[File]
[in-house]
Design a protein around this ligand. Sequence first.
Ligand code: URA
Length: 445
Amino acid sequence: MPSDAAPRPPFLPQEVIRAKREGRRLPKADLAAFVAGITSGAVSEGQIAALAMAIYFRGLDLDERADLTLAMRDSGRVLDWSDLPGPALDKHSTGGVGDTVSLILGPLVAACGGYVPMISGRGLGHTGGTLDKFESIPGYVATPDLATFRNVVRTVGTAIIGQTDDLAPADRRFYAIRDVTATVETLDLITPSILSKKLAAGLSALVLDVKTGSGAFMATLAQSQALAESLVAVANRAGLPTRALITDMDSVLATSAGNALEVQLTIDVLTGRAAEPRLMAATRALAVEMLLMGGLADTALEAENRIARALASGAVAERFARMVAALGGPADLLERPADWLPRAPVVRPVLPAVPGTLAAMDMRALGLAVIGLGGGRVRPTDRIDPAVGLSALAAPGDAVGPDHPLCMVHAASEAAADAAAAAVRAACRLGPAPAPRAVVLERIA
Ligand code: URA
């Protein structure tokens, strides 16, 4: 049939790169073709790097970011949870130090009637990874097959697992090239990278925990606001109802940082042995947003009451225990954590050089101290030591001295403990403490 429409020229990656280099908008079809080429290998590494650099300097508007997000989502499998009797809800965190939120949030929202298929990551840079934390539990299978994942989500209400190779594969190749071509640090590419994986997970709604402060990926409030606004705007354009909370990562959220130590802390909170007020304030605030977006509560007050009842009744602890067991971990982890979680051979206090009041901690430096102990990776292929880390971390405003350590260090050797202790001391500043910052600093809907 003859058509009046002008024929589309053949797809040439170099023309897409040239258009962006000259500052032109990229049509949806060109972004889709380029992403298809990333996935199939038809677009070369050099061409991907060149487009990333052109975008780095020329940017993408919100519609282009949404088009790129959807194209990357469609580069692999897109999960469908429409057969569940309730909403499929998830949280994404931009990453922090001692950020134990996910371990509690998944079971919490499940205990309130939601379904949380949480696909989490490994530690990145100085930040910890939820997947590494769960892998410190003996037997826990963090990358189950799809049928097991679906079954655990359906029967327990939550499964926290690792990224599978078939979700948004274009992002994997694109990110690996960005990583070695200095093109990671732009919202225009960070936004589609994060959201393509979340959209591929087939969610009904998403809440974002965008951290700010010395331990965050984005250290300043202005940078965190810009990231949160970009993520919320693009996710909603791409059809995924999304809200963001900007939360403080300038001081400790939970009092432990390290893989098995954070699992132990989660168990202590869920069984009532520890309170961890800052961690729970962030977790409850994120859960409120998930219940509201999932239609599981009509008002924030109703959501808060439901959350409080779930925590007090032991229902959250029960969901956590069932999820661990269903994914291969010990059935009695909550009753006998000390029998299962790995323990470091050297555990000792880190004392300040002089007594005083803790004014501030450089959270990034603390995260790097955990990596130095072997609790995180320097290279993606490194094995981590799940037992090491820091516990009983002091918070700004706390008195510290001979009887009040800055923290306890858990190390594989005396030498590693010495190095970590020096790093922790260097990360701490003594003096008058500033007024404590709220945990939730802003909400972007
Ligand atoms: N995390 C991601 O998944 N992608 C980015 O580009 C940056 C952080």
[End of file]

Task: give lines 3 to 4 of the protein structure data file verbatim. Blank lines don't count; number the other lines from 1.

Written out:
Ligand code: URA
Length: 445